Latest News from NPR

on:

NCPR is supported by:

 
Hourly Newscast
4 min., 45 sec.

Programs

Latest program rundown

Coming up:

Latest Features:
September 2, 2014 | NPR · At a Labor Day picnic in Milwaukee, the president accused the GOP of blocking economic initiatives. He urged the sympathetic union audience to turn their frustration into political action in November.
 
AP
September 2, 2014 | NPR · The city's plan to restructure its debt has been praised as a creative way to protect both pensioners and its art museum. But some creditors — and residents — feel like they're being railroaded.
 
Courtesy of Prime Group
September 2, 2014 | NPR · A company called WTAS is reviving the defunct accounting firm's name and hoping clients have forgotten its associations with the Enron scandal.
 

Latest program rundown

Coming up:

Latest Features:
September 2, 2014 | NPR · The Islamist extremist group Islamic State has released a new video that purports to show the beheading of an American journalist named Steven Sotloff, whom the group threatened to kill two weeks ago.
 
September 2, 2014 | NPR · In response to unrest in eastern Ukraine, NATO is considering forming a rapid reaction force — a topic that will be discussed at a summit this week in Wales. But how will Russia react, and is this the right move for the alliance? To learn more, Audie Cornish speaks with Steven Pifer, the director of Arms Control and Non-Proliferation Initiative at the Brookings Institution.
 
NPR
September 2, 2014 | NPR · The Pentagon has been transferring mine-resistant, ambush-protected vehicles to local police. Built to protect U.S. forces from roadside bomb blasts at war, these huge vehicles aren't always welcome.
 

Latest Saturday rundown




WE Saturday Feature

August 30, 2014 | NPR · Ukrainian forces are defending the port city of Novoazovsk from what they say is a Russian invasion. Scott Simon talks to correspondent Soraya Sarhaddi Nelson.
 

Latest Sunday rundown


WE Sunday Feature

August 31, 2014 | NPR · Immigration remains one of the most challenging issues for President Obama. Political correspondent Mara Liasson discusses the political cost of the choices before him with Linda Wertheimer.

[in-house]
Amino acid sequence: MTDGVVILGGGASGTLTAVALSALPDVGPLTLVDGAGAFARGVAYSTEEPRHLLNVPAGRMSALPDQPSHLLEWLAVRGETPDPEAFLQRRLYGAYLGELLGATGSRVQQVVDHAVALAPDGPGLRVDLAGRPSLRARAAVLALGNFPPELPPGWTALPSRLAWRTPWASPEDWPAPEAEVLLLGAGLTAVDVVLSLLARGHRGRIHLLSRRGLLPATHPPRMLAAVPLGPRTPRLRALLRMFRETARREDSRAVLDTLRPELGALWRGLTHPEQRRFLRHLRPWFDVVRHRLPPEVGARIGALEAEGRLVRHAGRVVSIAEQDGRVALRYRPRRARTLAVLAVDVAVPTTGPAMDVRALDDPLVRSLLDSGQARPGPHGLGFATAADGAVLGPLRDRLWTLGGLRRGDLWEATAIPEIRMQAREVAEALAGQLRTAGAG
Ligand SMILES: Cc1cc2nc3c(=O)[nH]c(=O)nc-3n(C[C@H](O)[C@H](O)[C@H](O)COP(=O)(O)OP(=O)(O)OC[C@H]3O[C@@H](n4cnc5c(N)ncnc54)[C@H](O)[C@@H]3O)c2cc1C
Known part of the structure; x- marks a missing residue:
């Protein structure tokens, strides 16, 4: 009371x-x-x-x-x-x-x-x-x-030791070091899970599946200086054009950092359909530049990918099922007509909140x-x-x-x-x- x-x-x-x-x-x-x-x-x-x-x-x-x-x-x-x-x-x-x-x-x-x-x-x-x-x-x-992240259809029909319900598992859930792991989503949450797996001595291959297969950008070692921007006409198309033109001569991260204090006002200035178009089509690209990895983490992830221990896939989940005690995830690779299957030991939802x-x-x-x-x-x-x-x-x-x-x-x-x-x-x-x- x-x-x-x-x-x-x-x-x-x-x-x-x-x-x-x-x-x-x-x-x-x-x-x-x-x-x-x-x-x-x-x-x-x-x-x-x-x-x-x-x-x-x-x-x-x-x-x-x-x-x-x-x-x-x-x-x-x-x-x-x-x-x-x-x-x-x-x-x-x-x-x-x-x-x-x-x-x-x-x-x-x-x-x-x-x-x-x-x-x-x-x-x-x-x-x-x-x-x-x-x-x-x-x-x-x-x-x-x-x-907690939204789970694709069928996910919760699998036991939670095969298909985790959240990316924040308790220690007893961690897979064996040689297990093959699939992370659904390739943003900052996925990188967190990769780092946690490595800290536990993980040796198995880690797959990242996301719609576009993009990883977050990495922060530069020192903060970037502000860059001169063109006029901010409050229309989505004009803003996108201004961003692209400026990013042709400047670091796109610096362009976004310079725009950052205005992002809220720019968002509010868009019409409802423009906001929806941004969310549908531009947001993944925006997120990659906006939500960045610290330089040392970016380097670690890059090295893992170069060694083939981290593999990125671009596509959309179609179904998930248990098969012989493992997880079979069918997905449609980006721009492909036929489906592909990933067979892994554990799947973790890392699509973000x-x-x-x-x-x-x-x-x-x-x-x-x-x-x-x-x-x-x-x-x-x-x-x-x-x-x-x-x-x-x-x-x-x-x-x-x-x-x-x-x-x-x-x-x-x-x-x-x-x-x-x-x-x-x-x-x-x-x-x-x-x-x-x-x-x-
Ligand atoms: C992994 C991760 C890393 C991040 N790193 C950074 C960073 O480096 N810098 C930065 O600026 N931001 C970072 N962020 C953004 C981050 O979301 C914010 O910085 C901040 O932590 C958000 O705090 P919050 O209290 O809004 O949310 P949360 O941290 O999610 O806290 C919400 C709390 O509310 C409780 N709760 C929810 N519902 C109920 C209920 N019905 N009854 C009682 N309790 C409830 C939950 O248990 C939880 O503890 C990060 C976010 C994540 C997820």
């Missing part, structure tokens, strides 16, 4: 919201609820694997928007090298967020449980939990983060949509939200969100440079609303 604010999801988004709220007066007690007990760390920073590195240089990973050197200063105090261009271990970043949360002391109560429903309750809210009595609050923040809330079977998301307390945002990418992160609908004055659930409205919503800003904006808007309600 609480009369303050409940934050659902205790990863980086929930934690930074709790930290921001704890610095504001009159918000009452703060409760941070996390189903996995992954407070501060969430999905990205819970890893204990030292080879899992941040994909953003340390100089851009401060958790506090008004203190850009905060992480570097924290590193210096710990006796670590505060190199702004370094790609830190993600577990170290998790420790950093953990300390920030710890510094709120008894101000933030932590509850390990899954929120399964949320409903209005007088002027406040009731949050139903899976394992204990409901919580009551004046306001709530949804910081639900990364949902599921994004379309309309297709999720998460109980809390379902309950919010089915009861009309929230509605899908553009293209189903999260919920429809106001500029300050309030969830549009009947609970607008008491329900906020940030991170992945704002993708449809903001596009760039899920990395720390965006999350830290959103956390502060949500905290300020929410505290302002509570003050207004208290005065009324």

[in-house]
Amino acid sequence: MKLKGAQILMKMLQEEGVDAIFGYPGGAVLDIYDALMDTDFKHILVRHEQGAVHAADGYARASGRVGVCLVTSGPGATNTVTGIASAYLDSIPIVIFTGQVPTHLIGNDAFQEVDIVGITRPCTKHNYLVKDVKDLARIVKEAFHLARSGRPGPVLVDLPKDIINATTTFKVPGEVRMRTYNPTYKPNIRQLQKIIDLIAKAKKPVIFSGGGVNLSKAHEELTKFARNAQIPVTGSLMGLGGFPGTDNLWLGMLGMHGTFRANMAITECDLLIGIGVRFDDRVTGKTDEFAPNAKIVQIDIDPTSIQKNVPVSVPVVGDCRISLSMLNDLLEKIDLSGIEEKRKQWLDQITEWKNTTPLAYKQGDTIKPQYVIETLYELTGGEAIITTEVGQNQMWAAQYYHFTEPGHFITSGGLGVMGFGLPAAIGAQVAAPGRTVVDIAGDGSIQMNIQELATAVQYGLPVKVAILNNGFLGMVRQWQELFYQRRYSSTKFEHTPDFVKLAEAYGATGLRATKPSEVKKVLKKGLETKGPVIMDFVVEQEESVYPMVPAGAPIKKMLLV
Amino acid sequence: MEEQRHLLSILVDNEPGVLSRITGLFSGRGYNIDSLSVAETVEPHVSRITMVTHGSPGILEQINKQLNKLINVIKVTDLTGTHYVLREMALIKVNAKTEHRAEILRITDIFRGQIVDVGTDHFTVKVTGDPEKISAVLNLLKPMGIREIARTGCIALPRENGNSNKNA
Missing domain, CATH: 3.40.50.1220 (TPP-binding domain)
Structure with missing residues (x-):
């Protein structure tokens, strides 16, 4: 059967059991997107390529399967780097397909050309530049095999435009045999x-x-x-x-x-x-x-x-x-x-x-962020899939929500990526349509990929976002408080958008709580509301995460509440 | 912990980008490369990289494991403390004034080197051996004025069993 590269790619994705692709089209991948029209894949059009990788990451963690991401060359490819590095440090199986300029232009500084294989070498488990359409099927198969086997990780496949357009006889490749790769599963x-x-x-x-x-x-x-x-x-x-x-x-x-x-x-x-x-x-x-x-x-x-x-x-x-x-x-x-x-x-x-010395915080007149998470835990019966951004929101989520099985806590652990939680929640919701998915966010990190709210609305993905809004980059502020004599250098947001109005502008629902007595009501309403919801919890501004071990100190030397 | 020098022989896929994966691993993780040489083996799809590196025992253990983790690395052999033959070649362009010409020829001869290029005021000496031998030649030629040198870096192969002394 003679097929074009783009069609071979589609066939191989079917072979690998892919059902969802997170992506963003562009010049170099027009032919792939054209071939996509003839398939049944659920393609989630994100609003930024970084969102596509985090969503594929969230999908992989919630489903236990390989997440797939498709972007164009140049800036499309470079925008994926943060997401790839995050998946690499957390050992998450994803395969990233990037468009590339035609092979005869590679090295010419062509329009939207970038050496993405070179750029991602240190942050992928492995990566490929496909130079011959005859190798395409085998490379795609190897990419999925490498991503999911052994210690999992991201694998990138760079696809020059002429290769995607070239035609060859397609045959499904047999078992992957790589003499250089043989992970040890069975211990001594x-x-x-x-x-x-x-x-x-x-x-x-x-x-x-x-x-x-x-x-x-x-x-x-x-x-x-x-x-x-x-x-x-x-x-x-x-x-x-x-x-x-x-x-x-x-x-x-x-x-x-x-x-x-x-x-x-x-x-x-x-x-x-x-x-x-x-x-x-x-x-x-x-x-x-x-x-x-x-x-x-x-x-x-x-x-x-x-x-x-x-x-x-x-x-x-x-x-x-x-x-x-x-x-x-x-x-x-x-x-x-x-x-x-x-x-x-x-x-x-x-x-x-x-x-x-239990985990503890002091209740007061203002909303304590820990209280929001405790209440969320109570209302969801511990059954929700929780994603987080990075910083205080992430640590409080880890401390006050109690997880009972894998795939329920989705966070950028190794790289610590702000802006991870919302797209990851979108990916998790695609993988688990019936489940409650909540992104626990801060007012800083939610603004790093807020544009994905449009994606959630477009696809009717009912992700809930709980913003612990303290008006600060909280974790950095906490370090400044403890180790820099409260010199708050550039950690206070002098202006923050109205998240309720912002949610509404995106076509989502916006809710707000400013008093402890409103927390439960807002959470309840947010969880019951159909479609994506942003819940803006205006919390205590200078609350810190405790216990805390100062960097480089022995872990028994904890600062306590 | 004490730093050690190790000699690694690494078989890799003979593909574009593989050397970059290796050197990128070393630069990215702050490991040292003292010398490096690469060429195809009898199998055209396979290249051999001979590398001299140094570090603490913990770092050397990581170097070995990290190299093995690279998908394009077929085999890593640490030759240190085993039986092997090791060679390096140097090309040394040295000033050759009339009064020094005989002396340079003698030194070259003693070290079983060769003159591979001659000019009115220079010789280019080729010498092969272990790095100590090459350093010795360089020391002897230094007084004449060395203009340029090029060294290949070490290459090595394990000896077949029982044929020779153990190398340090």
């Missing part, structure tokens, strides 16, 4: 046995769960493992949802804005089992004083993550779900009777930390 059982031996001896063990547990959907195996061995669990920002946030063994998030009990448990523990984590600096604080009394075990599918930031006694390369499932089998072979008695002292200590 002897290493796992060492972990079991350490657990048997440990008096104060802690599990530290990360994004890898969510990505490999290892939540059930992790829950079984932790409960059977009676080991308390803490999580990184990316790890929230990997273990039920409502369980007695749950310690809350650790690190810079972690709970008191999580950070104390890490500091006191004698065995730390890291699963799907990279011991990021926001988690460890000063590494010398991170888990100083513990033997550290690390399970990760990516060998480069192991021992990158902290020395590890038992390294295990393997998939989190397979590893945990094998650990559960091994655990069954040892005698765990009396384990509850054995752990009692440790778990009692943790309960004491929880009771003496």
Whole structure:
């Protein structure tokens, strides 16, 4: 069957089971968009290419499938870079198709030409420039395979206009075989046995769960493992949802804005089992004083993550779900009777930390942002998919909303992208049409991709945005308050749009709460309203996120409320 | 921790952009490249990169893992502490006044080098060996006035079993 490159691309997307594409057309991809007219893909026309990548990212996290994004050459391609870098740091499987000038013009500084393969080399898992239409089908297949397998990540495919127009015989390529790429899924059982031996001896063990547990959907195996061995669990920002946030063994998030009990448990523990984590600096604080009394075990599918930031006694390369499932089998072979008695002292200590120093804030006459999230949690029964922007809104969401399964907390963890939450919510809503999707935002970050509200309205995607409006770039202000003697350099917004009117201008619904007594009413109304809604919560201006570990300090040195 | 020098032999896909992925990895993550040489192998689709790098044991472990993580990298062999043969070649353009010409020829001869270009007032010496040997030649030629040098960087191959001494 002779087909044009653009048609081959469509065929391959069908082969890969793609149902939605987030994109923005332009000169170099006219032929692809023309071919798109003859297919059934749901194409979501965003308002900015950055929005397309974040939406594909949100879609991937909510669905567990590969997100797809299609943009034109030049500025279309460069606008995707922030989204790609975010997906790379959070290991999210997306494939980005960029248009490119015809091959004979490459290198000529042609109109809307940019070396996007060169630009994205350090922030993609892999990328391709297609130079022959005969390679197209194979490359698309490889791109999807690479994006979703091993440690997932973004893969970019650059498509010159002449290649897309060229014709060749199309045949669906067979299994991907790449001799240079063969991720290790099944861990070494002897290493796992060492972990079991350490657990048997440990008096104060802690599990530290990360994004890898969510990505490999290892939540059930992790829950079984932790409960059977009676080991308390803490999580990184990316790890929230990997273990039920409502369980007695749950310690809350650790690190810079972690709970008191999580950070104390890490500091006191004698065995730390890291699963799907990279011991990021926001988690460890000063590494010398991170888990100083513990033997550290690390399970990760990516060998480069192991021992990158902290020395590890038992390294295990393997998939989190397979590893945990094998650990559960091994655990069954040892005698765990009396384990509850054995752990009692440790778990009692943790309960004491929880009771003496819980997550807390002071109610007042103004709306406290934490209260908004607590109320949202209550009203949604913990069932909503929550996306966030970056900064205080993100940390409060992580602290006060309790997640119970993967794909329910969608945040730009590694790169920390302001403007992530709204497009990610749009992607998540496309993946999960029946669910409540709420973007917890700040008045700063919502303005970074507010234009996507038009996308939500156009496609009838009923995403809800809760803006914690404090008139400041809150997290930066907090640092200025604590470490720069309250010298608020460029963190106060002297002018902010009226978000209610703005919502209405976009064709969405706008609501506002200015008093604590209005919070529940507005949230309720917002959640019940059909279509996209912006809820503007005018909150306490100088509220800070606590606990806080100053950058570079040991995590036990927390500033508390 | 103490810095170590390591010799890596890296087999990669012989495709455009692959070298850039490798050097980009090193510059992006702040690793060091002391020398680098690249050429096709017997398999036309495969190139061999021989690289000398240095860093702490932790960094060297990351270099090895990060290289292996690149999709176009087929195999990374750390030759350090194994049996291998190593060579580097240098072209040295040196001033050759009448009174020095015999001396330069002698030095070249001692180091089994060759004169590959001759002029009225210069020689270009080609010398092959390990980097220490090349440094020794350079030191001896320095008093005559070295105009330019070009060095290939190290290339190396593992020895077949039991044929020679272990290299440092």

Latest program rundown

Coming up:

Policy-ish

Aug 29, 2014 — Requiring every center that performs abortions to meet all the standards of a surgical center is excessively restrictive, says the federal district court judge who blocked the state rule Friday.
Comments |
Aug 28, 2014 — A Texas law would require doctors' offices and clinics that perform abortions to comply with regulations that apply to ambulatory surgical centers. The change could lead to a loss of services.
Comments |
Aug 26, 2014 — The question will be if Kevin Counihan can replicate his success in Connecticut with the federal health exchange, which was plagued with problems. The goal: A smoother Year Two for Obamacare.
Comments |
Aug 15, 2014 — The Affordable Care Act has allowed many young adults to stay on their parents' insurance. A study suggests the coverage may be helping more of them get treatment for mental health issues.
Comments |
Aug 8, 2014 — State legislatures have passed laws that require doctors to have hospital admitting privileges to perform abortions. Some courts are now saying these laws are unconstitutional.
Comments |
Aug 7, 2014 — In the case of an elderly patient with multiple medical problems, having a team of health workers deliver care to the home can be cheaper than expensive stays in nursing homes and emergency rooms.
Comments |
Aug 6, 2014 — Medicare is paying for HIV drugs for hundreds of patients who may not have the disease, an inspector general's investigation finds. A 77-year-old woman with no record of HIV got $33,500 of medication.
Comments |
Aug 5, 2014 — The biggest jump since 2013 has been in states that expanded Medicaid and created insurance exchanges. Arkansas has fared best — reducing its percentage of uninsured from 22 to 12.
Launch in player | Comments |
Aug 5, 2014 — As early as 2015, firms with more than 200 employees may have to automatically enroll their workers in a company health plan. Though workers can opt out, some still find the provision patronizing.
Comments |
Aug 5, 2014 — In Cleveland, a public hospital may be succeeding at the seemingly impossible: saving money while making patients healthier. It's doing so by giving patients personalized attention.
Launch in player | Comments |
more Policy-ish from NPR